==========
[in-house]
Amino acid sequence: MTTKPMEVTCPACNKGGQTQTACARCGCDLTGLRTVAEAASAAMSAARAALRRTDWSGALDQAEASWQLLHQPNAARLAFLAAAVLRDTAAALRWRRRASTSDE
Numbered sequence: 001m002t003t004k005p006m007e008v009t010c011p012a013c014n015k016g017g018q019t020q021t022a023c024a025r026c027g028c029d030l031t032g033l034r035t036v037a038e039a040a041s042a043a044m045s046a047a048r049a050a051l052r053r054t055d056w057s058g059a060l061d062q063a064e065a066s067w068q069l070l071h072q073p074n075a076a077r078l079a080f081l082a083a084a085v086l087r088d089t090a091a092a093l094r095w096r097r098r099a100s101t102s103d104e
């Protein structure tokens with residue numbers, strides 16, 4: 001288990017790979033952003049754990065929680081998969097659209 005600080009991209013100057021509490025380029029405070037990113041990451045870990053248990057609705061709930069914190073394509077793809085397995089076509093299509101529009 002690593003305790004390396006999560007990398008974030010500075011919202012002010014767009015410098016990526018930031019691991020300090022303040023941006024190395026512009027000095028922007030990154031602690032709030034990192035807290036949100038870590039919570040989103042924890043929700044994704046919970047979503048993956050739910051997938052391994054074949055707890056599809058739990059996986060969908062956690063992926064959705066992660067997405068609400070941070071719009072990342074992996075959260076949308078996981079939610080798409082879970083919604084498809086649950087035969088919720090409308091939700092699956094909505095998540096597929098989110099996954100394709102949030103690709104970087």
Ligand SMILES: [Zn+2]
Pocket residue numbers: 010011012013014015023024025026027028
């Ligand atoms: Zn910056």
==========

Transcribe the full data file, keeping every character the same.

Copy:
[in-house]
Amino acid sequence: MTTKPMEVTCPACNKGGQTQTACARCGCDLTGLRTVAEAASAAMSAARAALRRTDWSGALDQAEASWQLLHQPNAARLAFLAAAVLRDTAAALRWRRRASTSDE
Numbered sequence: 001m002t003t004k005p006m007e008v009t010c011p012a013c014n015k016g017g018q019t020q021t022a023c024a025r026c027g028c029d030l031t032g033l034r035t036v037a038e039a040a041s042a043a044m045s046a047a048r049a050a051l052r053r054t055d056w057s058g059a060l061d062q063a064e065a066s067w068q069l070l071h072q073p074n075a076a077r078l079a080f081l082a083a084a085v086l087r088d089t090a091a092a093l094r095w096r097r098r099a100s101t102s103d104e
């Protein structure tokens with residue numbers, strides 16, 4: 001288990017790979033952003049754990065929680081998969097659209 005600080009991209013100057021509490025380029029405070037990113041990451045870990053248990057609705061709930069914190073394509077793809085397995089076509093299509101529009 002690593003305790004390396006999560007990398008974030010500075011919202012002010014767009015410098016990526018930031019691991020300090022303040023941006024190395026512009027000095028922007030990154031602690032709030034990192035807290036949100038870590039919570040989103042924890043929700044994704046919970047979503048993956050739910051997938052391994054074949055707890056599809058739990059996986060969908062956690063992926064959705066992660067997405068609400070941070071719009072990342074992996075959260076949308078996981079939610080798409082879970083919604084498809086649950087035969088919720090409308091939700092699956094909505095998540096597929098989110099996954100394709102949030103690709104970087």
Ligand SMILES: [Zn+2]
Pocket residue numbers: 010011012013014015023024025026027028
């Ligand atoms: Zn910056």